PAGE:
‘Fyfty’ Years of Lynyrd Skynyrd: Review

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Lynyrd Skynyrd has never been quite as innovative or important as the jazz-influenced Allman Brothers Band, their most obvious competitor for the title of King of Southern Rock. That said, the Jacksonville, Fla.-based group has played a pivotal role in popularizing the genre and has had more than its share of triumphs, both before and after the 1977 airplane crash that took the lives of prime mover Ronnie Van Zant and several others.

A new four-CD boxed set contains 50 tracks that celebrate 50 years of Skynyrds blues-, country- and soul-inspired music and—echoing the title of a 2003 set called Thyrty—is appropriately named Fyfty. (These guys seem to love the letter Y almost as much as Elon Musk loves X.) This is far from the first anthology of the group’s music—there are dozens, actually, including ones whose titles include words like “essential” and “definitive.” Nevertheless, the new collection may be the best of the bunch, as it embraces all their hits, numerous standout cuts from the group’s 14 studio albums and eight potent live performances.

Lynyrd Skynyrd (Undated photo: Jim McCrary, via UMe; used with permission)

The set opens with the original version of the band’s “Comin’ Home,” recorded in 1971, and several tracks from its Al Kooper-produced 1973 debut LP, including the majestic, seven-and-a-half-minute “Tuesday’s Gone.” Also here are “Sweet Home Alabama,” the group’s biting response to Neil Young’s “Southern Man”; “Saturday Night Special,” a stinging commentary on the easy availability of handguns; and “Workin’ for MCA,” where the band eyes its album label with skepticism but considerably less venom than Graham Parker aimed at his record company in “Mercury Poisoning.”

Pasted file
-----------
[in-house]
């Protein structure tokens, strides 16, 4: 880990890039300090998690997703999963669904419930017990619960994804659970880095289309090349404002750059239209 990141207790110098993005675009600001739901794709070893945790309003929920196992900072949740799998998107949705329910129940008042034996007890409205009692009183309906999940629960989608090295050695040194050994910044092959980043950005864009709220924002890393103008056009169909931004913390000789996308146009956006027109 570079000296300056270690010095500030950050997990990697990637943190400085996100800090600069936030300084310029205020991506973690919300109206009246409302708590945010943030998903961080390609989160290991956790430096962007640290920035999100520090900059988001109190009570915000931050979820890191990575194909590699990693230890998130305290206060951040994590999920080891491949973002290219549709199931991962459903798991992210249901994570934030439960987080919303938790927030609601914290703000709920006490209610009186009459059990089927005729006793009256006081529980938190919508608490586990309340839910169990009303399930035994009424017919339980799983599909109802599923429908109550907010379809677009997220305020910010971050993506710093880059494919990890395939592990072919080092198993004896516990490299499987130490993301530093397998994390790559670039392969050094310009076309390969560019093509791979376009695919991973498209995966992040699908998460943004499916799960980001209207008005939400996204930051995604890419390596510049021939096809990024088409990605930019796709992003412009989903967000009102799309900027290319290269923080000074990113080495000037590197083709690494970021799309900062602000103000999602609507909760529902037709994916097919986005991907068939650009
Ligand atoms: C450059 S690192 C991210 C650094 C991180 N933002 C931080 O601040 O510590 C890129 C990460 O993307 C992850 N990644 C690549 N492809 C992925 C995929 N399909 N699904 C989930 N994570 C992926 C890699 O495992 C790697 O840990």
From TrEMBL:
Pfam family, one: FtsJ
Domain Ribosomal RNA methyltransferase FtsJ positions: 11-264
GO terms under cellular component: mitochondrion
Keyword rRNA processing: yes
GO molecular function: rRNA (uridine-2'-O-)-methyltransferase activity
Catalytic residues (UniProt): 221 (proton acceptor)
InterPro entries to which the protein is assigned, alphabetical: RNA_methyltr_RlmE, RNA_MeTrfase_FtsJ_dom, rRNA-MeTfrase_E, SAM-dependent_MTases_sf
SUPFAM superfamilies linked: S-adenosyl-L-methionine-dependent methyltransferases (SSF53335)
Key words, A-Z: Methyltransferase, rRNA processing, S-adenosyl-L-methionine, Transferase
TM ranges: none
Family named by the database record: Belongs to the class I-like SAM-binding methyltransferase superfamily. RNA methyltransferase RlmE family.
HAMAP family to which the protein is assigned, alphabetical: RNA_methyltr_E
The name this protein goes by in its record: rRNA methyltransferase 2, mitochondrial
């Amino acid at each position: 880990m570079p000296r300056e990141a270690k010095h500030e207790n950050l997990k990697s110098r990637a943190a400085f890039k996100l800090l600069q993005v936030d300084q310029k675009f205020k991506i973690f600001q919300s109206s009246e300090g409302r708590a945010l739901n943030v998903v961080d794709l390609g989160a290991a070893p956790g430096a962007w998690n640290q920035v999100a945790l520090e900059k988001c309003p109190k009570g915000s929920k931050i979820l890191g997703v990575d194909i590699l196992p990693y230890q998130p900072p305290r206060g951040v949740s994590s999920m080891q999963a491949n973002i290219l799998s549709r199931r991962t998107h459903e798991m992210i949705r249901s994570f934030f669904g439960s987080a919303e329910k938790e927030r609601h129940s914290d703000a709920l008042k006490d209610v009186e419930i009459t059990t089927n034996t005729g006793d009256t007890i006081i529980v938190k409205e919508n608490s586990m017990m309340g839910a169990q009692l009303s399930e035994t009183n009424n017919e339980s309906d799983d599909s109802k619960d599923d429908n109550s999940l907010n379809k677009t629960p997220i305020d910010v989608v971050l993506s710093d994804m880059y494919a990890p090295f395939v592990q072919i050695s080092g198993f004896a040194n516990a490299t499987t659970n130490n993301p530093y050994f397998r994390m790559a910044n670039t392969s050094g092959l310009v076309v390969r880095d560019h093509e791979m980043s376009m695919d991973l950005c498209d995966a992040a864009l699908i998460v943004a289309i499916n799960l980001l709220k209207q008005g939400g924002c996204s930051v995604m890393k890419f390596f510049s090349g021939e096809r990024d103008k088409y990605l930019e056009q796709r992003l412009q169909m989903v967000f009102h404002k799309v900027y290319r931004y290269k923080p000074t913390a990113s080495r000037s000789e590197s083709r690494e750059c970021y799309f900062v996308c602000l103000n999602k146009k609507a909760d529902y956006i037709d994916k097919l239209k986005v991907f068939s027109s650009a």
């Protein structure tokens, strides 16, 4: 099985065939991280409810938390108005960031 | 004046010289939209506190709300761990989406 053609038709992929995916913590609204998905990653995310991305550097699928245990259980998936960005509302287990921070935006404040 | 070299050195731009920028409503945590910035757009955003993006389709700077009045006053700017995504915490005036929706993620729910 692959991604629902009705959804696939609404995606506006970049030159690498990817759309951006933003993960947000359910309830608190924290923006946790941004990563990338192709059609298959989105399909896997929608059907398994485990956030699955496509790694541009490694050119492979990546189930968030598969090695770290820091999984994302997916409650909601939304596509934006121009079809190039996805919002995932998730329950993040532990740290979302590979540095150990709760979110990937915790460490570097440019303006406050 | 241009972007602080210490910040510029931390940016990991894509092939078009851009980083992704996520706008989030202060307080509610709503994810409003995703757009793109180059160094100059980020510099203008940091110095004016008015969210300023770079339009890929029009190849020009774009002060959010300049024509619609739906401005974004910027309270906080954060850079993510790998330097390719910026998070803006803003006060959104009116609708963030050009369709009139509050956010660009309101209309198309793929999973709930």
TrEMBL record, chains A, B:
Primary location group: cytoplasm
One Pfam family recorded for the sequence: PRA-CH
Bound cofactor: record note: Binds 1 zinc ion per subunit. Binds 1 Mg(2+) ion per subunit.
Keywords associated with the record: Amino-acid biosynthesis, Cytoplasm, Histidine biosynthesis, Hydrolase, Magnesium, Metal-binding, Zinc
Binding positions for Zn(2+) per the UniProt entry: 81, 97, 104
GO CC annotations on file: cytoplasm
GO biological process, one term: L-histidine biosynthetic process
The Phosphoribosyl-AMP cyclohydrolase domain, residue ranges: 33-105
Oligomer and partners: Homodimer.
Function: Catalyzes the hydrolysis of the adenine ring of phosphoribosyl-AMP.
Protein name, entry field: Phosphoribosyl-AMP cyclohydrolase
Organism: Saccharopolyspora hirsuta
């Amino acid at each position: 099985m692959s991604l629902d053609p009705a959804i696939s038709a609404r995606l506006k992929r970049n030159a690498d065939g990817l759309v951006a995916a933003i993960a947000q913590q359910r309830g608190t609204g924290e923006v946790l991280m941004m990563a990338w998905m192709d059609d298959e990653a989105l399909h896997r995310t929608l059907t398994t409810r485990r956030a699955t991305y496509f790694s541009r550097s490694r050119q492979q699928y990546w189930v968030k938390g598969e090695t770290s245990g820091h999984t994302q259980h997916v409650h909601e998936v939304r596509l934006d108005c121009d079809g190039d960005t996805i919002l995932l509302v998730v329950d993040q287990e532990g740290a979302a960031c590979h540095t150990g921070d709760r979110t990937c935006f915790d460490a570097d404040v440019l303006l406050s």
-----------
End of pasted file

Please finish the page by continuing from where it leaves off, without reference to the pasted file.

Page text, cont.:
Related: The Skynyrd plane crash and its aftermath

Among the live tracks are two from a 1987 tribute tour that led to the band’s reunion, “Call Me the Breeze,” with fiddle by guest Charlie Daniels, and the anti-drug song “That Smell.” Also featured are a high-octane nine-minute jam based around Jimmie Rodgers’ “T for Texas (Blue Yodel No. 1)” and a previously unreleased November 2022 recording of “Gimme Three Steps” from the band’s last show with guitarist and co-founder Gary Rossington, who died four months later. There’s one other previously unavailable live track, a soaring, nearly 14-minute-long 1976 concert version of “Free Bird,” the electric guitar showcase that became the band’s best-known song. (Unfortunately, though, the box does not feature the original studio version of this number.)

A 40-page, LP-sized booklet delivers an essay by rock journalist and film director Cameron Crowe about his early encounters with the group as well as liner notes and track-by-track analysis from Detroit-based music journalist Gary Graff. A dedication at the back of the booklet lists the deceased Lynyrd Skynyrd players “who look down on us as the stage lights shine brightly.” It names 14 people, including every one of the group’s original members.

Jeff Burger

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